Topic: Favorite Magic Systems
1. Worm by Wildbow
This is the book that makes almost every other superhero story unreadable for me. Worm has, in my opinion, one of the creative and diverse sets of powers I’ve ever seen. Characters ‘trigger’ their power by undergoing a sufficiently traumatic event, which unlocks something in their brain, and this cause of receiving powers from trauma is addressed heavily in the story. Power wise, Wildbow gets incredibly creative with how characters use their powers. Our MC, Taylor, can control bugs. Which doesn’t seem cool at first, until you find out that she has a costume made of black widow silk, and hides her identity by literally covering herself in bugs. Also she rides a giant beetle.
2. A Practical Guide to Evil by Erraticerra
(art by sandara)
True to the name, A Practical Guide to Evil is about practical Villains, with a capital V. In this book, character archetypes and plot tropes are built into the literal fabric of the world. Are you a hero, faced with overwhelming odds and your villainous enemy stands triumphant? No sweat, plot tropes say you’ll win in the end. Does your enemy have a literal flying castle? That’s okay, they’ll have missed one vital detail that’ll bring the whole thing tumbling down. Characters receive titles based on the archetype they embody, such as the Bumbling Conjurer, the Wandering Bard, or the Dread Empress, and have three ‘aspects’ or powers they can use to help them in a fight. While most characters are labeled literal Good or Evil, you find that those definitions will follow the letter, but not the law.
3. Shadows of the Limelight by Alexander Wales
Shadows of the Limelight asks the question, what if the strength of your powers was based on fame? In this book, the most famous heroes have literal propagandists, in charge of writing songs and spreading their fame to the far corners of the earth. The powers themselves are relatively simple: the power to control light, to control shadows, to control glass, to manipulate human muscle, but their applications are very cool. The guy who controls light? Spent two years studying how birds fly to give himself functional wings. The guy who controls muscle? Knows how to organically turn someone swole. While I wasn’t the biggest fan of the ending, the idea and applications explored make it worth the read.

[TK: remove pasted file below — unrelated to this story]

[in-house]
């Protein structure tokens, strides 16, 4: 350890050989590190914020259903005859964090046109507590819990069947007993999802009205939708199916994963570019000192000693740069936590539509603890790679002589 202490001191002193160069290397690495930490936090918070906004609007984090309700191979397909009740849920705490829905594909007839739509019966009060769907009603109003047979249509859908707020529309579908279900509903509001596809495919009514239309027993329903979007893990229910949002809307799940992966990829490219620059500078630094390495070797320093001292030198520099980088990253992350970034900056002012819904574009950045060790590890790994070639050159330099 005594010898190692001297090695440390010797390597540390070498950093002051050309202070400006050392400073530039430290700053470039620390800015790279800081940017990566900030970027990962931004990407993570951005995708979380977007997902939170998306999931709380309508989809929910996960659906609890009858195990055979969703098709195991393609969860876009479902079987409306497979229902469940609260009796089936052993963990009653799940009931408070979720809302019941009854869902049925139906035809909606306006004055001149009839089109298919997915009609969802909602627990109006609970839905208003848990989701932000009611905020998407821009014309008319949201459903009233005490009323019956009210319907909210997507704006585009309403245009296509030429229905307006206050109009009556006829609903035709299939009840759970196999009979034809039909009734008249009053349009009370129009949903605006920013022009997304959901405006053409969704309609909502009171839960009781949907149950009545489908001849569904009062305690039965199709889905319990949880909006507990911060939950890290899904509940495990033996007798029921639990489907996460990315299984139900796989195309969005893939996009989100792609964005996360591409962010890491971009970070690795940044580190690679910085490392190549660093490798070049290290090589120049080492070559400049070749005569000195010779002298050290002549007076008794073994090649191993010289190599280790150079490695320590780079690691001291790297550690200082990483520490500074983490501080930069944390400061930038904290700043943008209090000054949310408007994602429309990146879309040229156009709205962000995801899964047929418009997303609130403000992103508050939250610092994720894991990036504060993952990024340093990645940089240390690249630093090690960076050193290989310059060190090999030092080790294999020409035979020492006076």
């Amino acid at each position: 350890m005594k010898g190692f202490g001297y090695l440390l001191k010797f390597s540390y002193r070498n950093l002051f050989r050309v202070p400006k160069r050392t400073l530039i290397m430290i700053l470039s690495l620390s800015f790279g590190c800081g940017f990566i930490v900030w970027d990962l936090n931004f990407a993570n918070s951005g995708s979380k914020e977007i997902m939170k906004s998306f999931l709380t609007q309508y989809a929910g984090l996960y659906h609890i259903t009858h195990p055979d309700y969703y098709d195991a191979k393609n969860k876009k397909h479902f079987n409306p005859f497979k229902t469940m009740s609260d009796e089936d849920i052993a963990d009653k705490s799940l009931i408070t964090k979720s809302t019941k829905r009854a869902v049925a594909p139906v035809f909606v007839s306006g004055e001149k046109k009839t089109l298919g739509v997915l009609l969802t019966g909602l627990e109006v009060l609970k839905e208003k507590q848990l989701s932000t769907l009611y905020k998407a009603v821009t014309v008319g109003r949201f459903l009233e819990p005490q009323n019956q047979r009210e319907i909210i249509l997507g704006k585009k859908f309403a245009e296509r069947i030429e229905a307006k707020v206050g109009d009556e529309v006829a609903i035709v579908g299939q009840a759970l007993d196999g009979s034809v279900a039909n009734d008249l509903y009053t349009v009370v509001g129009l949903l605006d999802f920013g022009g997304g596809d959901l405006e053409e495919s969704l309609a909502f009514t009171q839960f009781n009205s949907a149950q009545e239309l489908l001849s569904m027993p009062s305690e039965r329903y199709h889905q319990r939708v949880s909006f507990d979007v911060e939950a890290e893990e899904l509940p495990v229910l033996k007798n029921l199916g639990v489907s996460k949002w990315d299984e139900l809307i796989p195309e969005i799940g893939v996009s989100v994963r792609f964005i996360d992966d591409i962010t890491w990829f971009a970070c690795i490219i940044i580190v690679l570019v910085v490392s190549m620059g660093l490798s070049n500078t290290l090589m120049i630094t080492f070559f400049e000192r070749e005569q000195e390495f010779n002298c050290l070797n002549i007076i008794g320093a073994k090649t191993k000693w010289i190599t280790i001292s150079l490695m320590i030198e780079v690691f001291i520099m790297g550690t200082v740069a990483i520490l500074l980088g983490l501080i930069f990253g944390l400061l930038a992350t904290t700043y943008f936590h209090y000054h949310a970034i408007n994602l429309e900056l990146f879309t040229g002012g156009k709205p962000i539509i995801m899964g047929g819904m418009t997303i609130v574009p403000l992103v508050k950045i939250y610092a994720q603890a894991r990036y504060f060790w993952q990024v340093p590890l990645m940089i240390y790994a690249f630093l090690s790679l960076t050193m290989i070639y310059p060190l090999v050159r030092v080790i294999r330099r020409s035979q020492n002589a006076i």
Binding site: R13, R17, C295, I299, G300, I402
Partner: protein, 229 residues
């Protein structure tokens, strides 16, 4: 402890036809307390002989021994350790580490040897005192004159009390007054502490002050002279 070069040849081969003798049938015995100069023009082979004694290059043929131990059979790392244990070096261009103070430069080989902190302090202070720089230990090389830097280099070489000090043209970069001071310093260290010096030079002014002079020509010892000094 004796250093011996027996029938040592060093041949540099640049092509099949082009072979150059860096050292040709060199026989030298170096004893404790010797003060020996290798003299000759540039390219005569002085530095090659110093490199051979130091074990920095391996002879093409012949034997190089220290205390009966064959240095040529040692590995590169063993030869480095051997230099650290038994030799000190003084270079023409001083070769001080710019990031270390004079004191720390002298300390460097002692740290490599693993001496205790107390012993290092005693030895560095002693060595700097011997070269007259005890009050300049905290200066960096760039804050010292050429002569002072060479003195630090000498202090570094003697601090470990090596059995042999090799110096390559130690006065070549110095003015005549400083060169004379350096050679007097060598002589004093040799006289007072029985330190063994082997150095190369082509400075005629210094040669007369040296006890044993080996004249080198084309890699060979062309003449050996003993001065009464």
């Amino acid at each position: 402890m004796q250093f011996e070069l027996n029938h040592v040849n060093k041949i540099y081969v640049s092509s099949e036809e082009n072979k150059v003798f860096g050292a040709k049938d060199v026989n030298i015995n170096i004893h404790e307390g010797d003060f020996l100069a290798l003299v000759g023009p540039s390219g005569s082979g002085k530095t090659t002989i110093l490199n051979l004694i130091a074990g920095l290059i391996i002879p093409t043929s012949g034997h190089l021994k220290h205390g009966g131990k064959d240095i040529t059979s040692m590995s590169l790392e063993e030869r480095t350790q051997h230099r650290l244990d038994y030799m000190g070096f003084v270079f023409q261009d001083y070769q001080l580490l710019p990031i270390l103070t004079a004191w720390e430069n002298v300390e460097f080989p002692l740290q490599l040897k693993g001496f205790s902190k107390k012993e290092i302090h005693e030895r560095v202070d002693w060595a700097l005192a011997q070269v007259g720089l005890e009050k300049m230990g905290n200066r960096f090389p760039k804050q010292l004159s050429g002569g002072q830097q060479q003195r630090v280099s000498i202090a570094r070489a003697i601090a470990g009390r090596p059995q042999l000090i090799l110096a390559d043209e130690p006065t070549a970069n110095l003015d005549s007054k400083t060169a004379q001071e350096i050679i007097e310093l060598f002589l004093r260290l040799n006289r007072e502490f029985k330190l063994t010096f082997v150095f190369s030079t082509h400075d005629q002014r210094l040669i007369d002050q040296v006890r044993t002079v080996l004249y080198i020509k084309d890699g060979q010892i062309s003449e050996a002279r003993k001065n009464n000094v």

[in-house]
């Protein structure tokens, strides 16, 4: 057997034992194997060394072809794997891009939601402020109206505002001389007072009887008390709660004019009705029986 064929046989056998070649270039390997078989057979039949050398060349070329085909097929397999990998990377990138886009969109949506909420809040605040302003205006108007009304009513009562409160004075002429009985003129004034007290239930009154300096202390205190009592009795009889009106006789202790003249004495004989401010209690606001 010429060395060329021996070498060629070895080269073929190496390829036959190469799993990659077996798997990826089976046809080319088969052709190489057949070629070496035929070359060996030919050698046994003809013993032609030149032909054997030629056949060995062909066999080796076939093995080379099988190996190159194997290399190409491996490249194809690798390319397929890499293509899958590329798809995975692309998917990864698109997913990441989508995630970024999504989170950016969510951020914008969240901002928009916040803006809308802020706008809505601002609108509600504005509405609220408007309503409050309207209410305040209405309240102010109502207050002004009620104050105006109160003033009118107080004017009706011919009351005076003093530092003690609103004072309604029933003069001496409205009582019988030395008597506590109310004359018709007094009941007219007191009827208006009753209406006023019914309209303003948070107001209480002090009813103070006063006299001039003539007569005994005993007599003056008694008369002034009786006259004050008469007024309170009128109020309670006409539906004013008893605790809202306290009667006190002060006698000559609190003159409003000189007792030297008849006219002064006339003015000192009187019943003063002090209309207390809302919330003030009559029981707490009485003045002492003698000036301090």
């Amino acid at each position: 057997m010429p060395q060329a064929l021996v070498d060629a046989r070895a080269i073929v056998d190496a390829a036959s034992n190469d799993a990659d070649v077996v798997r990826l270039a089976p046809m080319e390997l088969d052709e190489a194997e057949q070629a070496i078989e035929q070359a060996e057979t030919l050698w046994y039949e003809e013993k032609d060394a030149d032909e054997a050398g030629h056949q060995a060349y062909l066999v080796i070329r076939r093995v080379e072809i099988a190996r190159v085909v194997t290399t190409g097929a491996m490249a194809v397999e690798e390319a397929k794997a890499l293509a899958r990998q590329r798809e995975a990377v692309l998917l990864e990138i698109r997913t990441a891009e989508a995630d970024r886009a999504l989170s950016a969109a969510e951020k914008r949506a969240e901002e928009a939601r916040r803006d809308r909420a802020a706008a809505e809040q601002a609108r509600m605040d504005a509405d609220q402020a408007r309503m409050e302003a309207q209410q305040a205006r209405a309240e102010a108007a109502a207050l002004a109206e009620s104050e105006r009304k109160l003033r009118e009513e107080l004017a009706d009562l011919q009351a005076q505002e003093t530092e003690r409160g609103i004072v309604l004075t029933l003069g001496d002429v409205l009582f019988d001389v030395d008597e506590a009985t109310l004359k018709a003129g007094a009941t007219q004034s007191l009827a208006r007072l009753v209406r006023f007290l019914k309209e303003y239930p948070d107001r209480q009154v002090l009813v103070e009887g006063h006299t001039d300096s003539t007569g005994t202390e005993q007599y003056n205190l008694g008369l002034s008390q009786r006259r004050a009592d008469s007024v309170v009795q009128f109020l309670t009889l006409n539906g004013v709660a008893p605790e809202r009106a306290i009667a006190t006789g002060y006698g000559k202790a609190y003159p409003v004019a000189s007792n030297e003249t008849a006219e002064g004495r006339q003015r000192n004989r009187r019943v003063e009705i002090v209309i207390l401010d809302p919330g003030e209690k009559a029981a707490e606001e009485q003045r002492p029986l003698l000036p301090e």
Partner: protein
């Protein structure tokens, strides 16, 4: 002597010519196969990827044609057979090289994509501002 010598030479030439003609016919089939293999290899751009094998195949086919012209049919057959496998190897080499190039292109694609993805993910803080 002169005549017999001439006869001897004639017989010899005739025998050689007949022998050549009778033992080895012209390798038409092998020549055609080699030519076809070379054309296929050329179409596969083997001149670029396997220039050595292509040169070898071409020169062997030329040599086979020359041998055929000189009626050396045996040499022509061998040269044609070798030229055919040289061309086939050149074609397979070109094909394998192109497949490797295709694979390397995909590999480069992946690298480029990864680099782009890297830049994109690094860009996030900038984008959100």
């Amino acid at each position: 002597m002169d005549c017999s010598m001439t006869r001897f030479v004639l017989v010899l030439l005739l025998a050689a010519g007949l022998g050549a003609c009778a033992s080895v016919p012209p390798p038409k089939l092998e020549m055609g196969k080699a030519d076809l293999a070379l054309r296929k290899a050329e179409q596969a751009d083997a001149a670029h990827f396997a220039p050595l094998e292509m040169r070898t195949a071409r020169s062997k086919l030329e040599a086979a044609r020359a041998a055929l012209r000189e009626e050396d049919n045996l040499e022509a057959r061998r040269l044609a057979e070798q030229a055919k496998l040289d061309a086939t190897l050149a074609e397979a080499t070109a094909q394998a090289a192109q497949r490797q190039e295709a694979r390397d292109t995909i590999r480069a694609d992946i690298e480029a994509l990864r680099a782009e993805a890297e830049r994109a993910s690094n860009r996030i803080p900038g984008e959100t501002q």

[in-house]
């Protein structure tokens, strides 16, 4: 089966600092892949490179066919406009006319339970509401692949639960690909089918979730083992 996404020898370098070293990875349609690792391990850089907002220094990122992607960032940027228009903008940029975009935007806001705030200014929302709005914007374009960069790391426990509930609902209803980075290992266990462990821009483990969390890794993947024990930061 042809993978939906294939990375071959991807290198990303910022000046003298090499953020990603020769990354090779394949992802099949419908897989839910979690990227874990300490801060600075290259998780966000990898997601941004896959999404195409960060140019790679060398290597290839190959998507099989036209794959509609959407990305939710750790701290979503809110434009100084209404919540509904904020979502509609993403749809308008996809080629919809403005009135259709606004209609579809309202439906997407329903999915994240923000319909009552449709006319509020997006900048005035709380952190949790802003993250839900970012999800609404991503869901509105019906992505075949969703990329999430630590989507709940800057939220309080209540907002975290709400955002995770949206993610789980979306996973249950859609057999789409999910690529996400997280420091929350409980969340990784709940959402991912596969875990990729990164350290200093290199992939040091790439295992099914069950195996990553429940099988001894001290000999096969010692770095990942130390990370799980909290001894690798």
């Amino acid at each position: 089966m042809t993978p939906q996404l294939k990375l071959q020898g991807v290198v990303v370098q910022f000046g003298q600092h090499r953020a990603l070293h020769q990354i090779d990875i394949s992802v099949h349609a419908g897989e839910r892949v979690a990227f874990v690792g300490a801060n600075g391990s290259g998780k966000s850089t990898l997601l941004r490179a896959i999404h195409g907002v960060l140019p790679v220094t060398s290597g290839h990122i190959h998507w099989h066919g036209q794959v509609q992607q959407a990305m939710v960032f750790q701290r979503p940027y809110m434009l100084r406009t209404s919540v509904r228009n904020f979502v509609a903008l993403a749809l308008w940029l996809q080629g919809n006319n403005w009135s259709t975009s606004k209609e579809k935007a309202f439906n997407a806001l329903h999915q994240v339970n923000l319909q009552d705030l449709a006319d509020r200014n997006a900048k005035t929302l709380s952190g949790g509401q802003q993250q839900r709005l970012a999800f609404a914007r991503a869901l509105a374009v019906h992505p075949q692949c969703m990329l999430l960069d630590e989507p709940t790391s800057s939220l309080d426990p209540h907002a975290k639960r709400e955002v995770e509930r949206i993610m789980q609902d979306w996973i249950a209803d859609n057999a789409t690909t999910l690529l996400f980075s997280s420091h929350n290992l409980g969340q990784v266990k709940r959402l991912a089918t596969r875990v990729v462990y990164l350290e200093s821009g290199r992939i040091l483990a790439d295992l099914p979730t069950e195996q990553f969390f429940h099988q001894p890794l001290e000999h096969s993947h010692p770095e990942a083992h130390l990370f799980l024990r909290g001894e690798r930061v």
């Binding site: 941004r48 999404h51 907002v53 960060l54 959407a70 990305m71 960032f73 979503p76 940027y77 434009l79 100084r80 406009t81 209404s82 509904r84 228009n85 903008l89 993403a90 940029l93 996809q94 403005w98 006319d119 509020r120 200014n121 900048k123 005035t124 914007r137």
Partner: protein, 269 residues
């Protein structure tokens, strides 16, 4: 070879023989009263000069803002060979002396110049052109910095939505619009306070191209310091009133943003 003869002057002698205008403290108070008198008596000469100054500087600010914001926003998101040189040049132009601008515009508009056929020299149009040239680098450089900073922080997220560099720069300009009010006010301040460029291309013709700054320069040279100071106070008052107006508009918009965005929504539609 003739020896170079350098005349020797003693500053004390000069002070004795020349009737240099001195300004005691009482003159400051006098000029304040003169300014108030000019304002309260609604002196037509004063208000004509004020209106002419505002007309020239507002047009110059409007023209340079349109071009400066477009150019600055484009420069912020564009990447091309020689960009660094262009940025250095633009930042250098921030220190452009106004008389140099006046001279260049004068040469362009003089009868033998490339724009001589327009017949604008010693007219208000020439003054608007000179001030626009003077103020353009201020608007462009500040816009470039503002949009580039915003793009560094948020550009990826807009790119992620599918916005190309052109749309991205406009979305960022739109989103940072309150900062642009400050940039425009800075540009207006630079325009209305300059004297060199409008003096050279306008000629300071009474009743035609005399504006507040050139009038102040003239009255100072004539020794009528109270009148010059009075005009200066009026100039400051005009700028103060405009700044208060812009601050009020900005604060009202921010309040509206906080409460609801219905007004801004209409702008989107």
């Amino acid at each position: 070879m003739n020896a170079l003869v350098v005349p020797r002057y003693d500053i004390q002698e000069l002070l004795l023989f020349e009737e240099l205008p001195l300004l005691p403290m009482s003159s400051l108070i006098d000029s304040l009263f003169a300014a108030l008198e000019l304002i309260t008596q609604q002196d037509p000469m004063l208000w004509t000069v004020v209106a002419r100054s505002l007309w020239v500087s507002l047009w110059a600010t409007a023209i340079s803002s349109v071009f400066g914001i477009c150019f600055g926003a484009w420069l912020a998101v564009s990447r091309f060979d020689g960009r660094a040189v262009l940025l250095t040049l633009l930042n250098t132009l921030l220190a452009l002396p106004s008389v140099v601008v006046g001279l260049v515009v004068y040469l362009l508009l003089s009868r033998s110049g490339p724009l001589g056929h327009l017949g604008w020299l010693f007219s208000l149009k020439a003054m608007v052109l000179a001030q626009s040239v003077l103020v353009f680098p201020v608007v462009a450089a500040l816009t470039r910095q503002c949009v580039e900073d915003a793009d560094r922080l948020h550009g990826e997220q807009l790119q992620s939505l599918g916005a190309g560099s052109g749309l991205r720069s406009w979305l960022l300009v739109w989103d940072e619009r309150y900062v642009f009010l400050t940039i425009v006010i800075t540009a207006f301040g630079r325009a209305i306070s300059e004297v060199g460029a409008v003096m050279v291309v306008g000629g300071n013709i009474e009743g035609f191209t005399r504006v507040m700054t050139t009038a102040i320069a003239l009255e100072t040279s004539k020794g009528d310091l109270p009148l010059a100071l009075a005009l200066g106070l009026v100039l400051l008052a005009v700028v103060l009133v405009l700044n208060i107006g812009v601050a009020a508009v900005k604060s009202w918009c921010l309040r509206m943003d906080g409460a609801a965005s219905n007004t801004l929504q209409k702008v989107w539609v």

4. The Emperor’s Soul by Brandon Sanderson
My first ever Sanderson novel, shamelessly picked because of the cover. Inspired by the stamps on Chinese pottery, the magic in this world is based on the idea of an object’s true name and the use of stamps to manipulate that. The MC Shai’s challenge is to create a seal that can re-create the Emperor’s Soul. To accurately represent his soul, she pours over journal entries and hears of personal experiences from advisors and other close to him. This book explores the meaning of being a person, what unique aspects set you apart from another.
5. Mistborn by Brandon Sanderson
I tried, really really hard, to only have one Sanderson novel on this list. I just couldn’t do it. Damn I love the magic in Mistborn so much. As you can probably tell by this list, I’m a sucker for a well fleshed-out hard magic system and Mistborn delivers that so perfectly. Ingesting a metal gives you certain well-defined abilities, that last for a specific amount of time, and interact with the environment in specific ways. So much appeal to the engineer inside me. On top of that, since I’ve only read the first book, there’s a whole other system of magic that I haven’t had the chance to explore yet and I can’t wait to learn more.